Australia became a part of significant treaties and conventions to uphold strong alliances with other nations (Such as the U.S.). The preparedness of Australian Governments to sign these various treaties, and modify domestic drug laws accordingly, seems largely to have been a function of the country's subordinate status on the world stage, and its desire to be seen as a good international citizen', rather than being driven by concern within Australia about the problems posed by illicit drugs (Brereton, D. 2000:90).
The Act or drug laws within particular treaties and/or convention was based on basic offenses such as (to name a few), cultivation, possession, trafficking, and supply.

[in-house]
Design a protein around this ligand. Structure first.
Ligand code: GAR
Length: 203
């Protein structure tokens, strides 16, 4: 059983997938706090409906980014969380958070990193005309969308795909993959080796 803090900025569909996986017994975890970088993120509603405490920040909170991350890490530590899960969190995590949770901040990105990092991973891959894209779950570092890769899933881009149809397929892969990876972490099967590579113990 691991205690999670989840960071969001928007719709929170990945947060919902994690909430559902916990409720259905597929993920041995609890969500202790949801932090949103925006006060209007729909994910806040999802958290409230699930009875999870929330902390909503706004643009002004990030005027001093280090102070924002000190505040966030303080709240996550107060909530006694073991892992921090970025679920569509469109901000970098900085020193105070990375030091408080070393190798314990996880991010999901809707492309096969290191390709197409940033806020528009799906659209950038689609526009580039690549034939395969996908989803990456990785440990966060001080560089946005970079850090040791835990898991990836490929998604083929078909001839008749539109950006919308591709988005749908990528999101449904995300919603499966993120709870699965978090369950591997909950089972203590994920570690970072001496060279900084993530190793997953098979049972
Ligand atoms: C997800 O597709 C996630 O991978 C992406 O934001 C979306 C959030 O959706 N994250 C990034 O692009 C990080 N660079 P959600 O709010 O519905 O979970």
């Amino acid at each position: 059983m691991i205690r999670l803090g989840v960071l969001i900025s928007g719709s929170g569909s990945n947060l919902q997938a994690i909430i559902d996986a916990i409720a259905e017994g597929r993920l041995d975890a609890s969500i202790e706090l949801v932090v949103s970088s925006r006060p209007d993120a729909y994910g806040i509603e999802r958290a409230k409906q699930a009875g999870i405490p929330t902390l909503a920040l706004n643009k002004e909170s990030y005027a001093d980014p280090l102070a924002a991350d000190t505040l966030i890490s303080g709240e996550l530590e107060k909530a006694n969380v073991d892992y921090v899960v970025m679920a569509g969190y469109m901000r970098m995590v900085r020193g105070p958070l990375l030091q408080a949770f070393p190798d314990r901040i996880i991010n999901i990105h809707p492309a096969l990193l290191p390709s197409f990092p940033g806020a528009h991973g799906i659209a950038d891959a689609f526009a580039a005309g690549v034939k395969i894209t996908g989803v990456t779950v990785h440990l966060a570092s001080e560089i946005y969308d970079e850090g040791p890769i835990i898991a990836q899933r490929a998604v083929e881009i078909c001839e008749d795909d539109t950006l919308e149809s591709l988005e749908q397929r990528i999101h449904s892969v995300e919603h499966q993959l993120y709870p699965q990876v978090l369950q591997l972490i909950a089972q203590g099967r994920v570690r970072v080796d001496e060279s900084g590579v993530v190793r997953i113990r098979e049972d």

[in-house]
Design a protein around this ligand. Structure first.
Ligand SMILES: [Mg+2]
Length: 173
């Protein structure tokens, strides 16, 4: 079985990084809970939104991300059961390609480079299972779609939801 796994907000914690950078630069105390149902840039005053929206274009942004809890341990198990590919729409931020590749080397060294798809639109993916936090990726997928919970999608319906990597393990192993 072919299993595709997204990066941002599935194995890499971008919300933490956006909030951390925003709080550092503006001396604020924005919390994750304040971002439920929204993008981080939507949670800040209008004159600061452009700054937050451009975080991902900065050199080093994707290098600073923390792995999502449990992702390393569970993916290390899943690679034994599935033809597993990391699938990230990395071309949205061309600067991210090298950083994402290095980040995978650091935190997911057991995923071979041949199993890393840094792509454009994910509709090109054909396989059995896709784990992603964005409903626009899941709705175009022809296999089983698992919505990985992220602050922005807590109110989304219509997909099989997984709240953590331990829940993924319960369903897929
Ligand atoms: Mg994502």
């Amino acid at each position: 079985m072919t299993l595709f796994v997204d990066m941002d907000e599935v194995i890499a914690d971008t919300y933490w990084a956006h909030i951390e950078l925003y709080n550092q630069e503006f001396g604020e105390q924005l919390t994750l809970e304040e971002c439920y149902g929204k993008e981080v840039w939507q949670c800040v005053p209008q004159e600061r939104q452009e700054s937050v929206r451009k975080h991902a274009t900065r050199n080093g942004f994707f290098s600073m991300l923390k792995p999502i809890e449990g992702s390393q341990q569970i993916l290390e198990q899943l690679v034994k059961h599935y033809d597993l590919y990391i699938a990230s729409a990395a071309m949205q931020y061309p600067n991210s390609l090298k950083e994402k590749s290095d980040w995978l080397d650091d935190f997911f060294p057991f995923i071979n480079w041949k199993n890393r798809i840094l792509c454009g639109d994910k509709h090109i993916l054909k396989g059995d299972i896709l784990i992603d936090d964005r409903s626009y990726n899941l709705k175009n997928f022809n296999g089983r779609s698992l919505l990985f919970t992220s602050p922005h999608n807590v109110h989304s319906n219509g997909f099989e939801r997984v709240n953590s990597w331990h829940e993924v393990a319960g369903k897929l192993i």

The need for such drug laws was however, a consequence for external development, not so much required in Australia. Countries such as the U.S. prompted such regulation and seem to hold greater power in pushing these developments forward.
A number of concerns have arisen over the last decade into reasons why certain drug policies have been passed within National and International boarders. To help and explain how prohibition became the only means of limiting drug use and regulation of drugs.
Drug use was seen to increase public costs and deduct time and profit from employers and within society according to certain governments. The economic argument centres on the profits to be made by the sellers on the one hand and the losses sustained by employers of users and/or society in general (Brown, Farrier, Egger and McNamara. 2001:1070). This suggests that not only would drug use be seen as a problem within State and National boarders, but also internationally. Therefore it was believed that if all Commonwealth government were under the same... [continues]
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